8 tips for good drainage in bathrooms with walk-in shower

TIP 1: sufficient flow capacity

Ensure you have a shower drain with sufficient flow capacity. Carrodrain is a good choice for that with 31 litres per minute. The flow of a modern showerhead can vary enormously. From a water-saving version with 5 litres per minute up to 25 litres of water per minute. You shower drain will therefore have enough drainage capacity. If dirt or hair temporarily lower the drainage flow, the water still needs to be easily drained.

 

TIP 2: correct slope of the drainage pipe

It seems like it would make sense to place the drainage at as steep a slope as possible. This is not always the best method, however. If a horizontal drainage pipe is on too steep a slope, dirt remnants may dry in the drainage pipe and cling to the inside of the pipe. On the other hand, if the pipe does not drain enough, the water will stay in it and the sediment can also get stuck in the pipe. These contaminations can then block new deposits that will further block the pipe. The result is a completely blocked pipe. The ideal slope of a horizontal drainage pipe is 1 cm per metre. This does not apply to the vertical main drainage; this may be run straight down.

 

TIP 3: correct diameter of the drainage pipes

To ensure a smooth flow, it is essential to install pipes with the correct diameter. This diameter depends on the expected flow capacity. These are some minimum diameters (bigger is allowed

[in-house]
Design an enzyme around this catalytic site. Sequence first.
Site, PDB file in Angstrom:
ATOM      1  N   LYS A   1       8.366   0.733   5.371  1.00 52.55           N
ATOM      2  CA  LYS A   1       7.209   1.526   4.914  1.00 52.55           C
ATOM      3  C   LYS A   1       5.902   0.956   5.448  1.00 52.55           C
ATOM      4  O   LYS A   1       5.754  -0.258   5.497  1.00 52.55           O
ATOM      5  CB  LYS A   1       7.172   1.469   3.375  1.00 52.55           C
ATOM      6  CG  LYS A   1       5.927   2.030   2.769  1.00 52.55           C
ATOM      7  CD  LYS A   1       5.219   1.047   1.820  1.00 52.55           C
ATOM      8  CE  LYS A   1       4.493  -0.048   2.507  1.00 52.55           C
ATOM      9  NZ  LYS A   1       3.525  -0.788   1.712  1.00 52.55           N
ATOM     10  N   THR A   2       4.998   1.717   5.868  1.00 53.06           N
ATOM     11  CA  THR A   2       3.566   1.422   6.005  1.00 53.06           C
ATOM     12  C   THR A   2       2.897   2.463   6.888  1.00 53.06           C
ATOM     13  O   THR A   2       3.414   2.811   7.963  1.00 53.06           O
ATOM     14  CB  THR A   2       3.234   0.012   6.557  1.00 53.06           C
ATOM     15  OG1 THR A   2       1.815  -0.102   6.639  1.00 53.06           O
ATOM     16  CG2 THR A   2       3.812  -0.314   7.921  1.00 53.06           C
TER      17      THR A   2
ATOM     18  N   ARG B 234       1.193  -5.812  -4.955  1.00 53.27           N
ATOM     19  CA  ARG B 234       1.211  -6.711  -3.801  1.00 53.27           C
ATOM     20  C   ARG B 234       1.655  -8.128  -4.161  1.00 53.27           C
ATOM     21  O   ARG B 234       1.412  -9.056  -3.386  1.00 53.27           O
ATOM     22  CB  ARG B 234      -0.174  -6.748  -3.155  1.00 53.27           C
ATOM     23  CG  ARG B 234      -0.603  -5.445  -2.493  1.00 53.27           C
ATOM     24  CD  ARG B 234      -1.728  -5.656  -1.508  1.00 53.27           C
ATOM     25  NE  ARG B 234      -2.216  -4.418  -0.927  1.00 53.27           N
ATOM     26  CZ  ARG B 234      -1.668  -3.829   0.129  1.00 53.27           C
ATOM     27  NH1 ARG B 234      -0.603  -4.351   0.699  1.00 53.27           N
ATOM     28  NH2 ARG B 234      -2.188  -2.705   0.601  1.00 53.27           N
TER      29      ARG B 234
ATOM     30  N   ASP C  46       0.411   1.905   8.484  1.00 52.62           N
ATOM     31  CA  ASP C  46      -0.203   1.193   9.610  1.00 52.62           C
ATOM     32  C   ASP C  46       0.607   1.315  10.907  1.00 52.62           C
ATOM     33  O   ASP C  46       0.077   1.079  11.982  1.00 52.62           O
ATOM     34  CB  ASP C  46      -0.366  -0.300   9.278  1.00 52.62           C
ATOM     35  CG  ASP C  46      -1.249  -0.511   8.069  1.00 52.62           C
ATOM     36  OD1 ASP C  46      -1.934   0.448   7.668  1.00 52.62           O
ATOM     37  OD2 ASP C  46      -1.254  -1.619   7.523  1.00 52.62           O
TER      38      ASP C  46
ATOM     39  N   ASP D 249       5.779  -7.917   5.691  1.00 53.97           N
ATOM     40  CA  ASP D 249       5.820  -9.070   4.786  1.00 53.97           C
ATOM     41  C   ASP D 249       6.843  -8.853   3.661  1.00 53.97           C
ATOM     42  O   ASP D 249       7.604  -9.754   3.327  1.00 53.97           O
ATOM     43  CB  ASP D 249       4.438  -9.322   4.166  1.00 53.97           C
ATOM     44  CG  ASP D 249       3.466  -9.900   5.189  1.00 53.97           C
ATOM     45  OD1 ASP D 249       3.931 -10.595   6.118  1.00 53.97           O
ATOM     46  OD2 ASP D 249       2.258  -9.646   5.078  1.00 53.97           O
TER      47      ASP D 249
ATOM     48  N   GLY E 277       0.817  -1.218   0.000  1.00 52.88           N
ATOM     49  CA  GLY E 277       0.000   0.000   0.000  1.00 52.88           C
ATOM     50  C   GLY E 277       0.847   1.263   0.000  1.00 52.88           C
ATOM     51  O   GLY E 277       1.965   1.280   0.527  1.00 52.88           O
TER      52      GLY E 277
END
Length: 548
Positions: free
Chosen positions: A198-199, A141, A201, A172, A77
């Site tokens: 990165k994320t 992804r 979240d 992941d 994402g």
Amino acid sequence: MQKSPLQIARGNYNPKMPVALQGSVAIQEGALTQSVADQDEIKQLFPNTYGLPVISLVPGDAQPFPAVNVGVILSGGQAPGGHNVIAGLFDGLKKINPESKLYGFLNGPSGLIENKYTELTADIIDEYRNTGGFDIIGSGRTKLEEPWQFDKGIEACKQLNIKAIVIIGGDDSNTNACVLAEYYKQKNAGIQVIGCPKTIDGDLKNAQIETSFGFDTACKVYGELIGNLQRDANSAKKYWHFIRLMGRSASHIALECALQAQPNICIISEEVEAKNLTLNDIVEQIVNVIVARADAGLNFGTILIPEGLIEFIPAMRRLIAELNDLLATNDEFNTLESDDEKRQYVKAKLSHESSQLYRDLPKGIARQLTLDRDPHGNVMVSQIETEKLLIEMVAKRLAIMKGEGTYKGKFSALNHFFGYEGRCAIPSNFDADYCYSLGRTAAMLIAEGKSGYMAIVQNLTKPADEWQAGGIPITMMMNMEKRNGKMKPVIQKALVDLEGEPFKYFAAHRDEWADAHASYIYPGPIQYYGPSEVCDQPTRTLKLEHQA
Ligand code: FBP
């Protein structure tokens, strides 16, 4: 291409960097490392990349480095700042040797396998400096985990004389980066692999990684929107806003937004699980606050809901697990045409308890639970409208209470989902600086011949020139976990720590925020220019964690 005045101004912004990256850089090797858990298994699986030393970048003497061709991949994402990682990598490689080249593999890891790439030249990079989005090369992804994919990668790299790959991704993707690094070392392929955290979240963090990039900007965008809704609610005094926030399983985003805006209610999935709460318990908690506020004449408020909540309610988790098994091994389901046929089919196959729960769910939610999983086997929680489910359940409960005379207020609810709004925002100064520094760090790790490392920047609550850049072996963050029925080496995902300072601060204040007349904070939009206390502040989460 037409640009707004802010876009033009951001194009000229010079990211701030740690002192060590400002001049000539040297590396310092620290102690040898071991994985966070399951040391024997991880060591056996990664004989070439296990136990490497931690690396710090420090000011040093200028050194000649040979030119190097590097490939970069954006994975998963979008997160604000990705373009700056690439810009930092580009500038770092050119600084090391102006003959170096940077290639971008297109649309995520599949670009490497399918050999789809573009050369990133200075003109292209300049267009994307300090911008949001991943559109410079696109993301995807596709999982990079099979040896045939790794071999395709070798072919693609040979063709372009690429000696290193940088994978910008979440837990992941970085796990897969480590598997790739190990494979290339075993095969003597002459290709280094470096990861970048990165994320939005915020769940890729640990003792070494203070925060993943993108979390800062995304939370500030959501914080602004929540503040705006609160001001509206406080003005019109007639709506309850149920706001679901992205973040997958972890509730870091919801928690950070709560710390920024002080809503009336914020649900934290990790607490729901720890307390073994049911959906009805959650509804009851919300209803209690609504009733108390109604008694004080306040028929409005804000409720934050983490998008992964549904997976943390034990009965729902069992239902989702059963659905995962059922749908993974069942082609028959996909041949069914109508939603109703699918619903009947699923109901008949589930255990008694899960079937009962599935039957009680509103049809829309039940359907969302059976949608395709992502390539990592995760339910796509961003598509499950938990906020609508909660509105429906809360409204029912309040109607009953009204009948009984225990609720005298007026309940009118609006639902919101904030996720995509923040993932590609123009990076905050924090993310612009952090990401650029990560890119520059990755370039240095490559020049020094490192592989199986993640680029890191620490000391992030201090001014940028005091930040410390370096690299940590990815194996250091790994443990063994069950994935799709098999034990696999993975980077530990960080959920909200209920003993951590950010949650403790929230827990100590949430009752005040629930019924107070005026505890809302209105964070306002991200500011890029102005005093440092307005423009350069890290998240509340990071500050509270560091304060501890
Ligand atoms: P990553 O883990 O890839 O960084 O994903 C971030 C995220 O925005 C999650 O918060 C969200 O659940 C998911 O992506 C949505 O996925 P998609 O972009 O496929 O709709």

• Lavabo: 40 mm, never drain together with the bathtub
    • Walk-in shower with shower drain: 50 mm, with the reduction part supplied by Carrodrain, you can immediately link to a 50mm pipe. Always drain separately to the main drainage pipe/rising main
    • Bathtub: 50 mm, always drain separately to the main drainage pipe/ rising main
    • Washing machine: 40 mm, always drain separately to the main drainage pipe / rising main
    • Dishwasher: 40 mm, always drain separately to the main drainage pipe / rising main
    • Toilet: 90 mm, always drain separately to the main drainage pipe / rising main


If different drainage pipe come together, choose a diameter as big as possible, such as 110 mm. Always ensure that the water does not have to travel too much distance horizontally through a pipe of limited diameter. If it does have to travel a bigger distance horizontally, switch to a bigger diameter a soon as possible to prevent blockages.

The same is true for bringing together the drainage of multiple appliances. If circumstances do not allow you to drain the appliances separately, ensure that you have enough of a margin in the diameter of your drainage pipe. If the vertical main drainage pipe is of insufficient diameter, this may create a vacuum effect. This could cause the siphons of the shower drain and the other bathroom appliances to be emptied, which may cause odour nuisance.

 

TIP 4: avoid air bubbles in the drainage pipe

Air bubbles form when water is being drained and sometimes get stuck in unexpected places. An air bubble that stays in the pipe can slow down or even block the smooth drainage flow. Air bubble formation happens where a horizontal drainage pipe is connected to a vertical pipe using a Y-coupling. Instinctively, you would expect that this would be good for a smooth drainage flow, but because of this Y-coupling (45°), an air bubble may get trapped between the vertical drainage pipe and the shower drain, which may hinder the drainage. The water will then stay in the shower until the siphon is taken out of the drain. Bubbles will form on this, which will escape from the drainage pipe and then the water will suddenly drain very fast. This phenomenon can be avoided by linking to the vertical drainage pipe with a T- coupling. This will prevent the extra air from getting trapped in the horizontal pipe, and it will get removed to the vertical drain.